Summary Review/Orthodontics

Do lip bumpers work?

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Abstract

Data sources

Searches were made using PubMed, Embase, the Cochrane Central Register of Controlled Trials and the Cochrane database of systematic reviews, along with searches by hand of the following journals: Angle Orthodontist, American Journal of Orthodontics and Dentofacial Orthopedics, Journal of Orthodontics and European Journal of Orthodontics.

Study selection

The first step was to identify eligible reports based on their titles and abstracts: 52 articles were found. Inclusion and exclusion criteria were then applied. Studies were included if subjects were human; they were randomised controlled trials and prospective or retrospective studies; they discussed the effect of the lip bumper on the arch and teeth; and they were reported in the English language. Articles excluded were mainly animal studies, case reports, case series, review articles, abstracts, in-vitro studies, discussions and interviews; were published in a language other than English; or did not follow the objective of this review. The selection was made by two researchers. Their results were compared to identify discrepancies and reach mutual agreement.

Data extraction and synthesis

If two or more studies had evaluated the same technique, a meta-analysis was planned.

Results

A total of 16 RCT were identified of which 13 underwent detailed evaluation; of these, only one study was considered to have usable outcome information. The others were excluded because of control group, sex, age, study casts and cephalometric analysis, and measurement error. This single small study showed that lip bumper can increase arch dimensions and contribute to crowding relief in mixed dentition.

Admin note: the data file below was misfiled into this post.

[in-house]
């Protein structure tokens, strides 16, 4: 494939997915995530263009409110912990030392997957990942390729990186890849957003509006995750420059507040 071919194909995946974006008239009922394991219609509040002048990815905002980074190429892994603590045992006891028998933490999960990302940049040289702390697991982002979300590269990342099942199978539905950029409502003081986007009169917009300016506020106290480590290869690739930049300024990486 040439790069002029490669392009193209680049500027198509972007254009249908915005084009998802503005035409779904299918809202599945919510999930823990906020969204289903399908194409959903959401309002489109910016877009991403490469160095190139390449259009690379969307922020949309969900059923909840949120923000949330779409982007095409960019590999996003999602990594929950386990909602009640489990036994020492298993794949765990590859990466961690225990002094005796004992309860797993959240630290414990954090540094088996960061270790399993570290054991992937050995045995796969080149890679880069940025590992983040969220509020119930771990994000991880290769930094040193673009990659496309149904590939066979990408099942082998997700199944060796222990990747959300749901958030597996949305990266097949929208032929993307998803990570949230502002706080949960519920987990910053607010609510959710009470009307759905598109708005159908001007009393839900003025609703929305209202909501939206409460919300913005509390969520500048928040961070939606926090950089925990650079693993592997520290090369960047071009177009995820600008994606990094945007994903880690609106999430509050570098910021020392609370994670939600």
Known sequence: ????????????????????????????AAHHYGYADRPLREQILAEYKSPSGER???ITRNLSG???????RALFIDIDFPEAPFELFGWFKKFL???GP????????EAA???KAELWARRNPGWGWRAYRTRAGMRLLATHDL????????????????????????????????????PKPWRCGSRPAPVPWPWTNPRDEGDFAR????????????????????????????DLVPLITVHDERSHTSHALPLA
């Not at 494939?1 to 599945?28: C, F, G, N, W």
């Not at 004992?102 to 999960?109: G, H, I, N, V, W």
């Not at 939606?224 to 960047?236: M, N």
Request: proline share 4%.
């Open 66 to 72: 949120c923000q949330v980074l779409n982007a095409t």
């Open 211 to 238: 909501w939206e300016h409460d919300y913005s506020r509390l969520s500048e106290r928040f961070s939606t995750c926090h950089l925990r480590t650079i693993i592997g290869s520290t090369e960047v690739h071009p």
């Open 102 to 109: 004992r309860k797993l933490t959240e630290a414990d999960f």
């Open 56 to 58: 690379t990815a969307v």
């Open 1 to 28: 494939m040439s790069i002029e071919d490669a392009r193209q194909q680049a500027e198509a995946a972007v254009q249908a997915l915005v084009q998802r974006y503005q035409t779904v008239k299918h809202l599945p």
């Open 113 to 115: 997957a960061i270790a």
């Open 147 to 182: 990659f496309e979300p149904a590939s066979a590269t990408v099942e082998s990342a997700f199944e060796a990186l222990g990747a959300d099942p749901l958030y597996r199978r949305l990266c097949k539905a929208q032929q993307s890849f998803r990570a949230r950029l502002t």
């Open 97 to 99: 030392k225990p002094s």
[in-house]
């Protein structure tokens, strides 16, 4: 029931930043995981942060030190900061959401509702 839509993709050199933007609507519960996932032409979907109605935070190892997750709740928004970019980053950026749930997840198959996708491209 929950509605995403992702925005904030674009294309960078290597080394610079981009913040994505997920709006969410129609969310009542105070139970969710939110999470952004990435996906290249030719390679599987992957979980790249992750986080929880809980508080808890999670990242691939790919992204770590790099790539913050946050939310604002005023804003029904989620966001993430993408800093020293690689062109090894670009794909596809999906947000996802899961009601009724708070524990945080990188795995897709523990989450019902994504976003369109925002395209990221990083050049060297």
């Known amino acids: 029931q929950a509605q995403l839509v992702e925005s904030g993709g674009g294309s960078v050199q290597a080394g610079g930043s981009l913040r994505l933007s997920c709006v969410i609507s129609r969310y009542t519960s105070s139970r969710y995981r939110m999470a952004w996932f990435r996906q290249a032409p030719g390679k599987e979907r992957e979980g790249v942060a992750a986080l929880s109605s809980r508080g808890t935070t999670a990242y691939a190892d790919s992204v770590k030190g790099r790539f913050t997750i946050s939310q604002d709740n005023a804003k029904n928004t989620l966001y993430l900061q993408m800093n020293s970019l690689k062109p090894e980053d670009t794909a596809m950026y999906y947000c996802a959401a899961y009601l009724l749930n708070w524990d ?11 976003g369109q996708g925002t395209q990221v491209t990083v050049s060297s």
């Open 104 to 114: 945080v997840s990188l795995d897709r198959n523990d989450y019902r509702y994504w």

Conclusions

The results showed increases in arch dimensions, including a greater arch length. This was attributed to incisor proclination, distalisation, and distal tipping of the molars. There were also increases in arch width and intercanine and deciduous intermolar or premolar distances. The long-term stability of the effects of the lip bumper need to be elucidated.

Commentary

The decision whether or not to extract teeth in cases where there is crowding has always been, and will continue to be, one of the most contentious issues in orthodontics. There is no doubt that for the orthodontist, and particularly for the patient, nonextraction therapy is extremely attractive. As well as obviating the need for the removal of (often sound) teeth, treatment times are significantly shorter with nonextraction therapy as orthodontists often spend a number of months closing residual spaces. Apart from interdental stripping, which involves the loss of a limited amount of dental enamel, space can be gained in the lower arch either by maintenance of the leeway space at the end of the mixed dentition, or by expansion of the arch. Expansion can be anteroposterior (with proclination of the incisors or distal movement of the lower molars), or transverse, with an increase in arch width, or a combination of these.

This review article examines the effects of lip bumper therapy on mandibular arch dimensions. Lip bumpers consist of a single, thick, stainless steel wire running buccally on the outside of the lower arch from the lower left first molar to the lower right first molar. They often incorporate a small acrylic shield in the lower incisor area. They are usually removable, with a U-loop and terminal lug inserting into a tube on a molar band. Progressive advancement of the labial portion can thus be carried out by activation of the loop.